Case Study With Solution – How to Write Them Effectively

Case studies and solutions are two distinct concepts that often go hand in hand when it comes to the knowledge sharing process. Sometimes a case study is the required content to demonstrate the usage of information for the solutions.

Many times, however, the case study will merely be a brief summary of the problem, the desired solution, and the training curriculum or service offerings needed to implement the solutions. Often the case study will not contain the solutions, and that is fine, too.

With that said, however, I am sometimes asked to write a case study with a solution and it’s not always an easy task. The complexities of writing a case study with solution are different than writing a case study that is about the benefits of the solution or how it will benefit the recipient of the information.

To begin with, the case of the program, which is a large number of individual companies, might take months to complete. Therefore, if you want to provide a sample or solution to a company, this could take several months before it is completed and ready for use.

While we might argue about the specific skill sets necessary to succeed in this type of environment, a very large part of the issue may come down to the fact that not everyone who considers this career path is likely to succeed in the direct sales industry. It is often the case that those who successfully enter this field also have a firm grasp on the law and basic problem solving skills.

When writing a case study with a solution, there may be many different options to help with the problem. While many companies will offer a full and final solution, there is no reason why you cannot provide an alternative solution.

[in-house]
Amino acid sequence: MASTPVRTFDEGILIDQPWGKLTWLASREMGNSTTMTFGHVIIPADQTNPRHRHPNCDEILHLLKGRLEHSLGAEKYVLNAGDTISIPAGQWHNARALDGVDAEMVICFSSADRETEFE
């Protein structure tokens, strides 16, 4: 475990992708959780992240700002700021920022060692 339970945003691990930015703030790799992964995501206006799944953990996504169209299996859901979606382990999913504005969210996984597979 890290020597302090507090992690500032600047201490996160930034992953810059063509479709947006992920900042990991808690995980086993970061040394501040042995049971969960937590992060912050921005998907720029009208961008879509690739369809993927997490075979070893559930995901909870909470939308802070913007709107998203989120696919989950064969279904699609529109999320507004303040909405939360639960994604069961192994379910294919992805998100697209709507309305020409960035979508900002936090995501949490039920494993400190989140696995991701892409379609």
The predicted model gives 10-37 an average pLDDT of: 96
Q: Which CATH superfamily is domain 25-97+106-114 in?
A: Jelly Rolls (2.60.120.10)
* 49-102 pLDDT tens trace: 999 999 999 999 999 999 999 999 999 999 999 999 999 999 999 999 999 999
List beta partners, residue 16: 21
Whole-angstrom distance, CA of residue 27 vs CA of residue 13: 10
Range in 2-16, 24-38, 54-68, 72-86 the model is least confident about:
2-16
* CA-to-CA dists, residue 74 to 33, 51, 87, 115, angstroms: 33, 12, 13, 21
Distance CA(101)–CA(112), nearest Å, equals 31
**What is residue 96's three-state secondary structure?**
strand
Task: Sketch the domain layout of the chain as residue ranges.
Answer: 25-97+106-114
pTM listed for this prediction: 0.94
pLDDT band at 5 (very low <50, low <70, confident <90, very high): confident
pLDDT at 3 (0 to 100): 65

This can be done in a number of ways. Often, it will simply be the “Problems Solved” section of the solutions.

Alternatively, in a more simplistic approach, you can simply include short solutions to common problems that need solving. These could be to replace a regular filing cabinet with a filing cabinet that can also double as a filing cabinet, to adjust a traditional filing cabinet so that it can also double as a work desk, to use a computer network to manage file storage and retrieval, to install point-of-sale software to create a virtual filing cabinet, or to use an automated cash register system.

In other cases, you might choose to do one example and then focus on presenting those solutions. If you prefer to do it this way, you might write “Below are three examples of common problems that can be solved with the solutions and methodologies outlined here.”

As well, sometimes a case study with solution does not need to be “group scenarios.” Sometimes, just having a single example is enough.

What is the point of teaching a “How to use these Solutions” book, when it could take dozens of steps? What is the point of teaching a “Direct Sales Training Solutions” book, when hundreds of numbers are needed and cannot be found in books and can only be found online?

There are many types of cases and problems, and many methods for providing a case study with a solution, but many times it is simply not possible to present such cases as group scenarios in the book or internet video. There are, however, many scenarios that can be used individually, sometimes with less detail, in the form of short solutions.